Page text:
There are hundreds of literary agents in the UK, so finding the right one can seem daunting. A good starting point for those looking for an agent is the Writers and Artists Yearbook, but Felicity also has some other tips: “Looking at books that you feel yours is in keeping with, to see who is mentioned in the acknowledgements section (the agent is often named), is a good way to start thinking about exactly who might be the person to direct a submission to.”
Like editors, most agents have particular expertise or experience in working with certain genres or with particular authors. Working out which agents might be most appropriate (and, more importantly, most likely to get excited about your book!) is an important first step. Sending a proposal for a piece of historical non-fiction to an agent who specialises in children’s literature, for example, isn’t going to get you very far. Instead, think about which authors you might compare your work or writing style to, and try to find out who represents them.
Make sure you do some online research too. Felicity adds: “Most agencies are now open to the outside world… they have websites with agent bios and a long list of their clients and what they are looking for. They have Twitter accounts (mine is not very active, whoops) that you can get a great sense of the agent from.”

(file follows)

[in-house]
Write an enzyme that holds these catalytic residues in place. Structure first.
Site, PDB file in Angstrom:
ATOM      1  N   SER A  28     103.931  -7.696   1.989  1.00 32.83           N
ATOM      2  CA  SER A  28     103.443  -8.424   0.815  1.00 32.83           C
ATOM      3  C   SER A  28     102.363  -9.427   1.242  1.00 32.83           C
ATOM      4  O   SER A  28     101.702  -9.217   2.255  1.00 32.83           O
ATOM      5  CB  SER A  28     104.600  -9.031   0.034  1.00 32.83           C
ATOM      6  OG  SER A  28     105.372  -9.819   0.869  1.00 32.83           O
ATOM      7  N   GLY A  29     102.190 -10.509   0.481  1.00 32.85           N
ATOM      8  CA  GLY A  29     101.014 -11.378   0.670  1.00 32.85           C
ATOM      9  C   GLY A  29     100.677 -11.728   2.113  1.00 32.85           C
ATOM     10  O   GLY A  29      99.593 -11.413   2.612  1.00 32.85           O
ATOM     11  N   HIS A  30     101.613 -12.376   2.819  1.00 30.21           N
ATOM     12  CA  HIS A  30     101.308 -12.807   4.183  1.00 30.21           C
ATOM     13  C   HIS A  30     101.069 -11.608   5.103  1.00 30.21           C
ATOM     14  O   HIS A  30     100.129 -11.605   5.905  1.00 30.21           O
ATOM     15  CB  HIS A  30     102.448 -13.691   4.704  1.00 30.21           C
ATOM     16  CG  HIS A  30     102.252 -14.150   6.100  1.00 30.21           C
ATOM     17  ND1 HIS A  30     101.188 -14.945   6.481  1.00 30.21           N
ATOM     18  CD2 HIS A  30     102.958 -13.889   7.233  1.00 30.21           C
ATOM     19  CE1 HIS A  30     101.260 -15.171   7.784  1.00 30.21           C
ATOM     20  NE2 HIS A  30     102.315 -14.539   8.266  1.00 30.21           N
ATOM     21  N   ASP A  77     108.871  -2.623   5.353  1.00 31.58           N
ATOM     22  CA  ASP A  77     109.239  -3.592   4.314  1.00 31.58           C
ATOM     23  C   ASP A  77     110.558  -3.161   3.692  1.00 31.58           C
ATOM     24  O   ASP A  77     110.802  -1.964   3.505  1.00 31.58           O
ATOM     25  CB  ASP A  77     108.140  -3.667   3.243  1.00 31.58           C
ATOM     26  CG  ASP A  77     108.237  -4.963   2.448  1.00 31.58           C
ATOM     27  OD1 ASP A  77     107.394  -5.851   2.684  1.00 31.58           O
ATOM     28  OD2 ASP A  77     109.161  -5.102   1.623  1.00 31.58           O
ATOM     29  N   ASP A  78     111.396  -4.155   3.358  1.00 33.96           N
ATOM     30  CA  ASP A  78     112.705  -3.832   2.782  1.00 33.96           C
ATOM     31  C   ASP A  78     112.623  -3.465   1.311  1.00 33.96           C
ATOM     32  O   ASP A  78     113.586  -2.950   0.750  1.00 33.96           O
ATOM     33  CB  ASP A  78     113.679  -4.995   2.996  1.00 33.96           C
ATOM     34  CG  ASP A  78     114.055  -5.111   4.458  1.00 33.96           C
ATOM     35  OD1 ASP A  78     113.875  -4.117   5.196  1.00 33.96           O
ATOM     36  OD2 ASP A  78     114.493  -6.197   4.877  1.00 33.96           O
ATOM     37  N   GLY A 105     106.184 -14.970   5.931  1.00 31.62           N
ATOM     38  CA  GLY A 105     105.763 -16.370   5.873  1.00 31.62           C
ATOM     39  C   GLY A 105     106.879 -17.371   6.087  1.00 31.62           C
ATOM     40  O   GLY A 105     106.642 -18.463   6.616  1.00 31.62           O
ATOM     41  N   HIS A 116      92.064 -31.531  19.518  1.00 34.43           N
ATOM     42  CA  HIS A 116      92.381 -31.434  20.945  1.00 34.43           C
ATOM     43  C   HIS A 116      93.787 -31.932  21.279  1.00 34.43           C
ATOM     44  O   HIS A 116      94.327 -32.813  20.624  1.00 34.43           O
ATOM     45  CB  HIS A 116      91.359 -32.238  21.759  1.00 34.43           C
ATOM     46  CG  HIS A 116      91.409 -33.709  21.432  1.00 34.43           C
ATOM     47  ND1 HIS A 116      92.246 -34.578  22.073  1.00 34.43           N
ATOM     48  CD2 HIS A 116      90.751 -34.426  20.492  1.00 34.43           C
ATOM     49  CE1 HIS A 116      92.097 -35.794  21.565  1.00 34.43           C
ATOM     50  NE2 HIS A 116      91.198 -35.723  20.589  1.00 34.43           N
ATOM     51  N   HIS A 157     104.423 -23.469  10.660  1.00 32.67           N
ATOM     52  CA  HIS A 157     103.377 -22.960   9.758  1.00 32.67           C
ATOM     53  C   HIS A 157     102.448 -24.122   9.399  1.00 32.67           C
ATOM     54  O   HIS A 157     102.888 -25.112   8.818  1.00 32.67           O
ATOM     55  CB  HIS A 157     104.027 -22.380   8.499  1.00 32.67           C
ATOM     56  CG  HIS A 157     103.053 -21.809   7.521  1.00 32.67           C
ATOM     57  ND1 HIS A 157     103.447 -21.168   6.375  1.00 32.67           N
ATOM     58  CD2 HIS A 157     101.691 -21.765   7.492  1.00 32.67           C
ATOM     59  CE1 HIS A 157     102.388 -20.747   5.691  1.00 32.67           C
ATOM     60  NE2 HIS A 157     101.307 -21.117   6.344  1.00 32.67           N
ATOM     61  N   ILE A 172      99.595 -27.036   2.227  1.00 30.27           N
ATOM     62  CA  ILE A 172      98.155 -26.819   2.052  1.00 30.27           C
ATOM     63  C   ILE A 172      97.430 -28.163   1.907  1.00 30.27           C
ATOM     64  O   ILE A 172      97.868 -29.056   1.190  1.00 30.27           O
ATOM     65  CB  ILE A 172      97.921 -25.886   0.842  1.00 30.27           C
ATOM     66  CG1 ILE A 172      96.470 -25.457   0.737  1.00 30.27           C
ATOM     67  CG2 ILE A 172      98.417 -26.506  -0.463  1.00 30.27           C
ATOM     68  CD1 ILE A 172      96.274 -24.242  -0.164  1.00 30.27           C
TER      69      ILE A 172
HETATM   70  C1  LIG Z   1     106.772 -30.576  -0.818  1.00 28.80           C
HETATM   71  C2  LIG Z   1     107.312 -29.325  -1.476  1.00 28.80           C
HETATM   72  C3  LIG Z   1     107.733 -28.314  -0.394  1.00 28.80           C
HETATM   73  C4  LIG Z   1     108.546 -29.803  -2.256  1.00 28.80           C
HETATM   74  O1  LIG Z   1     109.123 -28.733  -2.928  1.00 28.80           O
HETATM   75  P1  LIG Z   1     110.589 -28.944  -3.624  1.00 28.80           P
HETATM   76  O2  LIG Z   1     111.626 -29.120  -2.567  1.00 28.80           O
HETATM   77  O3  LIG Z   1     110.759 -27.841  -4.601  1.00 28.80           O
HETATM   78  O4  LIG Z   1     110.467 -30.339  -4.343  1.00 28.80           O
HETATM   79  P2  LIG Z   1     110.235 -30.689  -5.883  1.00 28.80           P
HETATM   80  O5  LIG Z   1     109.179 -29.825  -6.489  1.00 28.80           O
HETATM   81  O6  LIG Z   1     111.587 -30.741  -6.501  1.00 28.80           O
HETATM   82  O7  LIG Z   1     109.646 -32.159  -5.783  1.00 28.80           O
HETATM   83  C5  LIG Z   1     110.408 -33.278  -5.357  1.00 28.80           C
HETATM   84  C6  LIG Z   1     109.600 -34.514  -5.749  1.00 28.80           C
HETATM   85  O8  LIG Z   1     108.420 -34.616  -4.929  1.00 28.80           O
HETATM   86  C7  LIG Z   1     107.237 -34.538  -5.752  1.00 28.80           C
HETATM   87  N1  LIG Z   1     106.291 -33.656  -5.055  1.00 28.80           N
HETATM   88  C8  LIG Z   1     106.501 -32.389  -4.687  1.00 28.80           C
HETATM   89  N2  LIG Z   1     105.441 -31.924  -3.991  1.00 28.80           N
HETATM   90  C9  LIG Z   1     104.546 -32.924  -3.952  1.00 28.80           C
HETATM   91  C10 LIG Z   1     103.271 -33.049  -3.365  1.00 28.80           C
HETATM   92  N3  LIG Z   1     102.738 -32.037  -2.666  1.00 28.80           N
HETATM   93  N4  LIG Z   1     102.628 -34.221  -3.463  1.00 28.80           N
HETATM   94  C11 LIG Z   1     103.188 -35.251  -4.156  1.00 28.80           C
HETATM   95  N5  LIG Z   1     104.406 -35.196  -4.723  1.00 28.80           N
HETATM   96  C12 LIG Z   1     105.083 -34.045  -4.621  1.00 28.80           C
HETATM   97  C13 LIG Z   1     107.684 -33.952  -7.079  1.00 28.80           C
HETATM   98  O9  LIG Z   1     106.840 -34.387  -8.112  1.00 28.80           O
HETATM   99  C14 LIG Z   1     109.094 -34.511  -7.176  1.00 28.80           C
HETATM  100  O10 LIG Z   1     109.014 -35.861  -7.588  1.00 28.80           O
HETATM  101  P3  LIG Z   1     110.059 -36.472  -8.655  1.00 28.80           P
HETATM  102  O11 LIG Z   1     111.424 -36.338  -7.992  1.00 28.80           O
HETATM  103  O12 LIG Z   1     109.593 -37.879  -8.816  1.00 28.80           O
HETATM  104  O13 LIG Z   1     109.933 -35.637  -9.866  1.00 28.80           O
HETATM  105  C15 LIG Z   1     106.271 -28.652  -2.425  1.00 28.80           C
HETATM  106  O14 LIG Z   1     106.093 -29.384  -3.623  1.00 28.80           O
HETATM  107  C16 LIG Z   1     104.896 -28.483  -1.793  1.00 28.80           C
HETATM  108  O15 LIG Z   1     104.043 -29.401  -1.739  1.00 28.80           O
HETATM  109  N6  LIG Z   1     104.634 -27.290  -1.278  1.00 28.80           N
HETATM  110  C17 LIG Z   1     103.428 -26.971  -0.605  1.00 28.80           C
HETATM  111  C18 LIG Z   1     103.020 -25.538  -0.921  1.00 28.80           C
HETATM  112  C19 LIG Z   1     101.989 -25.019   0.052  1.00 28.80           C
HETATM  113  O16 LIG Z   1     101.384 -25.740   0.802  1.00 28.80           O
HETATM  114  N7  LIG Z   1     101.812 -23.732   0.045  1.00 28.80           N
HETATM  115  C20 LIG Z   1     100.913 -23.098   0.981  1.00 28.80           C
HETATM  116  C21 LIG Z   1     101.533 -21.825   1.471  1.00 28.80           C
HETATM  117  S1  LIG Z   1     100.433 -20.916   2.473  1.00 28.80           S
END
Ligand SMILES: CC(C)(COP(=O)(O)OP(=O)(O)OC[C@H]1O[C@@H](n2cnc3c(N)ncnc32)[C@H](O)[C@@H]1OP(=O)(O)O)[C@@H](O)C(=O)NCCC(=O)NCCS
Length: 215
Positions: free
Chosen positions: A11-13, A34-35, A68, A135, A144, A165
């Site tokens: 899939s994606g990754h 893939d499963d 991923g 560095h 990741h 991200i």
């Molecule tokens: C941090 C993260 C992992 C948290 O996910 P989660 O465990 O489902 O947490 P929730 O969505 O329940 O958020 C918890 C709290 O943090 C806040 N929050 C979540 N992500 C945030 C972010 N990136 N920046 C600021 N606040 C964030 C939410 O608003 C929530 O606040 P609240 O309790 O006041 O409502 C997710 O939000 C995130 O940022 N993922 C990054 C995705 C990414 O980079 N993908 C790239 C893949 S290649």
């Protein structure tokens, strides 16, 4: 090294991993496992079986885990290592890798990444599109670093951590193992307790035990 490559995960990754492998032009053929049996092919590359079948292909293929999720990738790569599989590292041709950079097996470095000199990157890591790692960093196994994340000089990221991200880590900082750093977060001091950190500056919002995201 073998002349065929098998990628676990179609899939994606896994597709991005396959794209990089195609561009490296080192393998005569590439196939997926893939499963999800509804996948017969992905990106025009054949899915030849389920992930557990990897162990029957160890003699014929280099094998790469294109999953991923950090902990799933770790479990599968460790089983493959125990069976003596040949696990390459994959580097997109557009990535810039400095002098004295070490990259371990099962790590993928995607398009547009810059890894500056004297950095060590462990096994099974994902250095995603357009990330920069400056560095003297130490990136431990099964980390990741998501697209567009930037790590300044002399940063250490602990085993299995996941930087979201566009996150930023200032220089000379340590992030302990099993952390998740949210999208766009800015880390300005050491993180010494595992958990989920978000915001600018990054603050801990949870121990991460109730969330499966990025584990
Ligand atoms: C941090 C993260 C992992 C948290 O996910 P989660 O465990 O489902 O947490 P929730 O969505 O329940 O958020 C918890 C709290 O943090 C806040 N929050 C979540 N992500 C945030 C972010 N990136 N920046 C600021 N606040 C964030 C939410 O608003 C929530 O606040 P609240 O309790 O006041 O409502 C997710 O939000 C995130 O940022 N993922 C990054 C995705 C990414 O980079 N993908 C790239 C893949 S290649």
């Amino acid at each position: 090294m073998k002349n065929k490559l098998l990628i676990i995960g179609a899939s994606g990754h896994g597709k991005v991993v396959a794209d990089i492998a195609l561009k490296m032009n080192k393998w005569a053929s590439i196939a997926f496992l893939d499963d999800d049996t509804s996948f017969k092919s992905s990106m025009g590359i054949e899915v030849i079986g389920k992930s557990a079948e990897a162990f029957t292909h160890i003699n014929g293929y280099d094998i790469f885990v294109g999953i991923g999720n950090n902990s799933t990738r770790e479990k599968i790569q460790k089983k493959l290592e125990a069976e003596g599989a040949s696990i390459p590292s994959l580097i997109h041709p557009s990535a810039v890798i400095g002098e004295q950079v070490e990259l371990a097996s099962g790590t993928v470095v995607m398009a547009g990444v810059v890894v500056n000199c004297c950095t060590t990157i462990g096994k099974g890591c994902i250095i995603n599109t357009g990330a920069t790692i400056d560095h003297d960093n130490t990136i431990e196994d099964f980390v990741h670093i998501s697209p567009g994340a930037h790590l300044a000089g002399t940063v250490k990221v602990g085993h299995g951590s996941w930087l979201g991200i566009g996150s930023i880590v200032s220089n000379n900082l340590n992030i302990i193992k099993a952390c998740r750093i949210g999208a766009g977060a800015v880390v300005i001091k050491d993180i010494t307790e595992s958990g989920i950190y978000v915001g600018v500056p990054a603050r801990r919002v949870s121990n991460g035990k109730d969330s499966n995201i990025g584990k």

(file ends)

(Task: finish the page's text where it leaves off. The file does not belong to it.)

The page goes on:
But it's not just on writers to search for an agent, many agents also actively look for new clients to represent. Felicity says she looks “everywhere” for authors: “In anthologies, via our submissions portal (we get a number each day to my office and I try to read the cover letter of each to work out which I want to prioritise - so never underestimate the importance of first impressions!), via author recommendations, enquiries from authors looking to move, recommendations from publishers who think an author needs an agent, or know an author is looking to move, via first novel prizes, short story competitions, creative writing schools, within journalism, opinion pieces, podcasts, talent from other fields.”
There are so many different routes to getting an agent - the important thing is to use whatever channels you have available to get your work noticed. We’ve compiled a handy list of some of the prizes and opportunities available to writers, which you can find here.